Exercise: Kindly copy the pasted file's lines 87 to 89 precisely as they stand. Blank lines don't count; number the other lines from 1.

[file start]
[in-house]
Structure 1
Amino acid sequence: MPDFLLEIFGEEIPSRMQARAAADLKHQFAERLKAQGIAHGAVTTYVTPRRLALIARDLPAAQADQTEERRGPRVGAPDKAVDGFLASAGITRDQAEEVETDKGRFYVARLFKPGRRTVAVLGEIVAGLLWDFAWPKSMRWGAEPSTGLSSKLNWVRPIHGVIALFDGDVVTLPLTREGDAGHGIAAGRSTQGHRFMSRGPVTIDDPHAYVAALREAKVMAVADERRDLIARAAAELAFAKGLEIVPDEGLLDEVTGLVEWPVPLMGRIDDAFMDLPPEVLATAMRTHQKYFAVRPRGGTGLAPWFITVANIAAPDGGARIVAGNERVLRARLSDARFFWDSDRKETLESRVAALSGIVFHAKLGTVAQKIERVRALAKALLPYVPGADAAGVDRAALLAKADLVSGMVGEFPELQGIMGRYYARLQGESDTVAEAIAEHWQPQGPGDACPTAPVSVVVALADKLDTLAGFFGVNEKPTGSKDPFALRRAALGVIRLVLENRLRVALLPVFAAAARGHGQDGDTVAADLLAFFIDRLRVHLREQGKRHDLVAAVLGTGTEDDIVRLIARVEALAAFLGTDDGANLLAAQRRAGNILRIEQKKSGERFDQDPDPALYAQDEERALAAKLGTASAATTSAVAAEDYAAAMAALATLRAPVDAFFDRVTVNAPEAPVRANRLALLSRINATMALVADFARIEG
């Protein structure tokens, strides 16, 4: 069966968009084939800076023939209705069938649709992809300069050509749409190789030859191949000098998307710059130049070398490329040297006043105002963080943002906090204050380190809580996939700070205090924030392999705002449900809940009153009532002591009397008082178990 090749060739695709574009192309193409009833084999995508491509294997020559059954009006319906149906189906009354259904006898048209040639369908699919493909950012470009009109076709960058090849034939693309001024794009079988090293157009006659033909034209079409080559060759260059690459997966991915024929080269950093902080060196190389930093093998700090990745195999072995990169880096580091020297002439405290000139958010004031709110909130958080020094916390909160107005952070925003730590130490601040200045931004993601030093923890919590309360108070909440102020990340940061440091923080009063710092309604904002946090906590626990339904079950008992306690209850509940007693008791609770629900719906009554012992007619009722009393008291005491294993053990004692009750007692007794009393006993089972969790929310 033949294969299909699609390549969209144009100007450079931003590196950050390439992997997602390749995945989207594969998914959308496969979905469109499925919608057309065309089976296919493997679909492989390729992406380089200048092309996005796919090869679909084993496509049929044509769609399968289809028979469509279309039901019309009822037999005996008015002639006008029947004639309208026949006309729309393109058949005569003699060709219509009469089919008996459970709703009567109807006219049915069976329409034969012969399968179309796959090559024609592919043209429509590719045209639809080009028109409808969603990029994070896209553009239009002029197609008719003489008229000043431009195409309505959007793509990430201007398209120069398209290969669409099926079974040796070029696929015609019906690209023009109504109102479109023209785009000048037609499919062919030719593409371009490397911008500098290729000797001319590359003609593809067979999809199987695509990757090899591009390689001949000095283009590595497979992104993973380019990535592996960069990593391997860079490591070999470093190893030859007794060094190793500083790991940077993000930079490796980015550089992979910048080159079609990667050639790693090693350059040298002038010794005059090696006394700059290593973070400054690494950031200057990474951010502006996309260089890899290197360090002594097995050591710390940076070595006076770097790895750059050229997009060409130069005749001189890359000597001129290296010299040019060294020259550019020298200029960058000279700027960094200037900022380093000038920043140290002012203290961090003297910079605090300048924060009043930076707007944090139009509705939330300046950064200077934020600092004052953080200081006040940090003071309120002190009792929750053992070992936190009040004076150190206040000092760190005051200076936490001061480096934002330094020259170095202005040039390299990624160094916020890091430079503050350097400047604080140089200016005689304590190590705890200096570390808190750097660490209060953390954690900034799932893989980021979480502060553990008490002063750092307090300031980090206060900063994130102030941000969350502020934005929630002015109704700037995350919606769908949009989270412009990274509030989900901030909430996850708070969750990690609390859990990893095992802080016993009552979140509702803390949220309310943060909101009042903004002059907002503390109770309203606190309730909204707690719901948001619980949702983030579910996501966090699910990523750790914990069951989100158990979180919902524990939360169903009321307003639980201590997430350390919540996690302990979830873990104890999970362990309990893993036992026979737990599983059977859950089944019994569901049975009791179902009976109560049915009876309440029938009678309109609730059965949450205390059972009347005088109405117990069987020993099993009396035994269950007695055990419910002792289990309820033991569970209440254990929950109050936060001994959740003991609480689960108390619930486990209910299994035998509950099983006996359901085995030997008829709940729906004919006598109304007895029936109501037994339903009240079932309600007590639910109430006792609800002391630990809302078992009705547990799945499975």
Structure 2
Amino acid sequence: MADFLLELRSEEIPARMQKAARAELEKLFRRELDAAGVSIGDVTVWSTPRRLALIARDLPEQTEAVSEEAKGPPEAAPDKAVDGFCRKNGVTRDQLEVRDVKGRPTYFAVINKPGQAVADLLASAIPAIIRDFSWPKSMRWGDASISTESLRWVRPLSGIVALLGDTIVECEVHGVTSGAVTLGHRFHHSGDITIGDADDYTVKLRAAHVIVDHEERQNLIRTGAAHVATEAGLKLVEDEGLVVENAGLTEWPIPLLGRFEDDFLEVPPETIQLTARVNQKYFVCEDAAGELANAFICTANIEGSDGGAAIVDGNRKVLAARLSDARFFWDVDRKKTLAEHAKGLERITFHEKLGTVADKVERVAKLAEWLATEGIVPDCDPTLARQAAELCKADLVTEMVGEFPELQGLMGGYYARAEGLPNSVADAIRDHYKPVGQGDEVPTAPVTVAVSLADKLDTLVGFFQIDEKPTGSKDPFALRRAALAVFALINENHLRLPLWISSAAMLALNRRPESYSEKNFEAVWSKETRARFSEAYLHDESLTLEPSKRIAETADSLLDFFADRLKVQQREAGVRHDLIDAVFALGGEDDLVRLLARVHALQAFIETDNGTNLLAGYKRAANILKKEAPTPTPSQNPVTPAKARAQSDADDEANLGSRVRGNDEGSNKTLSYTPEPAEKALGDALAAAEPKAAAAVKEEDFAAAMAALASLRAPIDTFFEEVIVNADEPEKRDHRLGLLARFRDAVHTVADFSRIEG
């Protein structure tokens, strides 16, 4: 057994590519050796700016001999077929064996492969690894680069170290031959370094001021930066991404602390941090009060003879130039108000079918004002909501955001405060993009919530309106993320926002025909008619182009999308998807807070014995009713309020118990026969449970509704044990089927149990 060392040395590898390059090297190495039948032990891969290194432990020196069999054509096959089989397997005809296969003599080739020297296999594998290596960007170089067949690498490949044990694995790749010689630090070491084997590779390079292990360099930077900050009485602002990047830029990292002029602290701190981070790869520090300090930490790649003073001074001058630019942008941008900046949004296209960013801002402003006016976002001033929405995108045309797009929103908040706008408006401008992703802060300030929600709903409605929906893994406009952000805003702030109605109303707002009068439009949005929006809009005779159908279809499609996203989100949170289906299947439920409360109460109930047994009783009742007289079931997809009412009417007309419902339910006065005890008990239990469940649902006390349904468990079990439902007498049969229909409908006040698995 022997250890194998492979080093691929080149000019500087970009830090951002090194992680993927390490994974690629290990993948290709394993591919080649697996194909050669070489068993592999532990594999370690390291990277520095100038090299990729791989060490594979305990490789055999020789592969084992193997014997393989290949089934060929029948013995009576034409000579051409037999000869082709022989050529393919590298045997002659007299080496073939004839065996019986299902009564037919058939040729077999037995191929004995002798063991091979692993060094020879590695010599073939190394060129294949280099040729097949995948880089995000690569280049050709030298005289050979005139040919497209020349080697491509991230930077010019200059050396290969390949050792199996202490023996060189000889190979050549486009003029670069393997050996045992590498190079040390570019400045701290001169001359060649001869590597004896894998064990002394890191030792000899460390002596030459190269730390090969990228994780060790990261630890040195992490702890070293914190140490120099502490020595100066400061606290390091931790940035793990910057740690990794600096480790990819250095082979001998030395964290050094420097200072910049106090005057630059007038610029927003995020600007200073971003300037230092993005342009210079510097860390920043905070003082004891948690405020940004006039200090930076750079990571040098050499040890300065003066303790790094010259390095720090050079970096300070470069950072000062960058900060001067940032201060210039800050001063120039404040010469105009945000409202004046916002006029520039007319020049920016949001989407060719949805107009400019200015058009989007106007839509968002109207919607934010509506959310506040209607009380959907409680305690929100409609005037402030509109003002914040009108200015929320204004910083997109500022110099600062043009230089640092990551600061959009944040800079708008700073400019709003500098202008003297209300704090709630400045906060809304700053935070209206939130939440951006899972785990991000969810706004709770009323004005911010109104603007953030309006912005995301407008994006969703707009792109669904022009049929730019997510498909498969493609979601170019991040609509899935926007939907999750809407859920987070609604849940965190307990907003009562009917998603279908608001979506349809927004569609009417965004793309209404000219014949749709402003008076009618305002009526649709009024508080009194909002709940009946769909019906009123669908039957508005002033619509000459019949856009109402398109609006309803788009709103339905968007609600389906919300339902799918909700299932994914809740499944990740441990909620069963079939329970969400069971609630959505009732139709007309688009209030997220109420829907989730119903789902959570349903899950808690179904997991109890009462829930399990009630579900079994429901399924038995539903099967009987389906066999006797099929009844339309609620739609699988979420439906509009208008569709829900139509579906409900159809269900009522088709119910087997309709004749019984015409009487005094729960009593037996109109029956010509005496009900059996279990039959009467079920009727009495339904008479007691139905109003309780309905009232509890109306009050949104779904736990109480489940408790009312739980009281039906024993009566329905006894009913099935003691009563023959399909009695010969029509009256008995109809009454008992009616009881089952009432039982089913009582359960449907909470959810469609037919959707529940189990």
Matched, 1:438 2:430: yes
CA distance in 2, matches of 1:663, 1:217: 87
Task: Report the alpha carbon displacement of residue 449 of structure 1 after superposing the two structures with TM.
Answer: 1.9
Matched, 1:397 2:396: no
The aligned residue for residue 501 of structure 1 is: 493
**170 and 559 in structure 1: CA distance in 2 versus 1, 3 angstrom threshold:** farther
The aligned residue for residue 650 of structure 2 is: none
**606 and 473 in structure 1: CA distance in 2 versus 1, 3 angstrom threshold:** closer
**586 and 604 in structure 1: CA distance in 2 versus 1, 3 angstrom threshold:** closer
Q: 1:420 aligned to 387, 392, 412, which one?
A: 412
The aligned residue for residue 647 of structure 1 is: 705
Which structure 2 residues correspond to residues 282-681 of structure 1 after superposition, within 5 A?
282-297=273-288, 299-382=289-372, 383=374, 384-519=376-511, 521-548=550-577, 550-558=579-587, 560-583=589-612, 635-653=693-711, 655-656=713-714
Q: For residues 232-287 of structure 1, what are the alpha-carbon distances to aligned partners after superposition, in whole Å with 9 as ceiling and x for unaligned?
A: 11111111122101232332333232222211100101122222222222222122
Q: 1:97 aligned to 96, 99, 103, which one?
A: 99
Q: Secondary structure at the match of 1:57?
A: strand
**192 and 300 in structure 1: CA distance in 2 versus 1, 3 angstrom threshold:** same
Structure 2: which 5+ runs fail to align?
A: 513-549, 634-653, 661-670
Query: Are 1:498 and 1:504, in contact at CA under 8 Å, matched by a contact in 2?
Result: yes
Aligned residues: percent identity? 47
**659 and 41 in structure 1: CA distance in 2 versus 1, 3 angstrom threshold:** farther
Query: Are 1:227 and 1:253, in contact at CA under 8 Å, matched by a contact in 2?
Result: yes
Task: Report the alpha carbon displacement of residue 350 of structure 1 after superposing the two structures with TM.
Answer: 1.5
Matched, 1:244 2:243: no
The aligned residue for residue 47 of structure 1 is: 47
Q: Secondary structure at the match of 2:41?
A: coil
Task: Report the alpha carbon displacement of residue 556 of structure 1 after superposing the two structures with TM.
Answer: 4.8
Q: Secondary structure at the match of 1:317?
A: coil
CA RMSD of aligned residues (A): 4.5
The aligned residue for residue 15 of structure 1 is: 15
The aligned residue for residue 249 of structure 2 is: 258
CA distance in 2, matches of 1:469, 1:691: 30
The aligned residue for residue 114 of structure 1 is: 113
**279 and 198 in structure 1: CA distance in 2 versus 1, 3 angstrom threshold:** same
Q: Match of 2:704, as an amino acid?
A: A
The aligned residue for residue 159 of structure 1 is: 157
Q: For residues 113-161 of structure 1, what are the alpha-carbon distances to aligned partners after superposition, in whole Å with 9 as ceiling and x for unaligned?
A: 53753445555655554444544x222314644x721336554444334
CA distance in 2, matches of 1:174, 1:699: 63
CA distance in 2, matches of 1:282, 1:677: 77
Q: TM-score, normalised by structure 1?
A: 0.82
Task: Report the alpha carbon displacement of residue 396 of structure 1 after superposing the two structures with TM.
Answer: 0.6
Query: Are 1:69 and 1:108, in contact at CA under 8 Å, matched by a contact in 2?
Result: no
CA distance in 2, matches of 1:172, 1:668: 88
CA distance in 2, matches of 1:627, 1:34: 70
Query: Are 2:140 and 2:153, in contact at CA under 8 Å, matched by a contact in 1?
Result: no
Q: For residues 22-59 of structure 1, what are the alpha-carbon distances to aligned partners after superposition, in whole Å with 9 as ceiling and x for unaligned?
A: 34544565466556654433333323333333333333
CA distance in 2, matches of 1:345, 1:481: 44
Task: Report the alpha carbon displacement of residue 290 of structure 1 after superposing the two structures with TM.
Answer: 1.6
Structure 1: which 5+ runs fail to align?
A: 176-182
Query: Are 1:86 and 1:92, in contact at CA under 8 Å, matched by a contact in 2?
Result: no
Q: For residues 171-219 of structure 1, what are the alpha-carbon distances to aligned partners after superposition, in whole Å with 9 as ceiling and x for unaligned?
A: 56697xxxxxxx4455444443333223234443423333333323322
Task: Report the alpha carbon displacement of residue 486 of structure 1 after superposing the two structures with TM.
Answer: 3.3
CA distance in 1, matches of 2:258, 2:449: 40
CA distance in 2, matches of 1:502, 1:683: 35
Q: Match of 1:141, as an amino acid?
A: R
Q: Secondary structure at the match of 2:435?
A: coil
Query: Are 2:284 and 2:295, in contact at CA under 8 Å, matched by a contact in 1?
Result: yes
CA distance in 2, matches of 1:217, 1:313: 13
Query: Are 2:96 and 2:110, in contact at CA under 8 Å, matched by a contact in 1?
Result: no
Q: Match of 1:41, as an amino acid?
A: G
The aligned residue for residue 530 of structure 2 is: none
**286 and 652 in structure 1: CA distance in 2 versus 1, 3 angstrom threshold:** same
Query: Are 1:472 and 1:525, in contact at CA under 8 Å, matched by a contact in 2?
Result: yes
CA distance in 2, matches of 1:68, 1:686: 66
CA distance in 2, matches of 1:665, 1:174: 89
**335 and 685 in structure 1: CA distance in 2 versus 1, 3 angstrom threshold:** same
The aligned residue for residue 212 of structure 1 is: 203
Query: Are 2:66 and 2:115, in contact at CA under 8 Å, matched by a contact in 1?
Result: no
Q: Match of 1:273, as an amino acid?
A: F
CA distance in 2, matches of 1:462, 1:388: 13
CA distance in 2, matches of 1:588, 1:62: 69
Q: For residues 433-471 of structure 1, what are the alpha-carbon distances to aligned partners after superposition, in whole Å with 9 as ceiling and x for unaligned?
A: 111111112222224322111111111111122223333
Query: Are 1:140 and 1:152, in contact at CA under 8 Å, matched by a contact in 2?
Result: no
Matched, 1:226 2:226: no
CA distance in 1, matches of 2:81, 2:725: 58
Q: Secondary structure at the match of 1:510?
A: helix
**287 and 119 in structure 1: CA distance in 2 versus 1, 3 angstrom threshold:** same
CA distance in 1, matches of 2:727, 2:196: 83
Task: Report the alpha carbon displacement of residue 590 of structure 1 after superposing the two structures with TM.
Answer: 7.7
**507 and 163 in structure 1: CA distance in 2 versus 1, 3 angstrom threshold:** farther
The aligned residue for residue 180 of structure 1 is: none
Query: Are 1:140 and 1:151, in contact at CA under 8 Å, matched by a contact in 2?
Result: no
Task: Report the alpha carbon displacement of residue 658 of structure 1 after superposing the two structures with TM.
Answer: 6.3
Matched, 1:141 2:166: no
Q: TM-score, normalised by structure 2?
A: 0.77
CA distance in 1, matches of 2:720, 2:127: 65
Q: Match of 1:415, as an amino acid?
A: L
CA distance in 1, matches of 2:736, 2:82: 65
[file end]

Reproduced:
A: R
Q: Secondary structure at the match of 2:435?
A: coil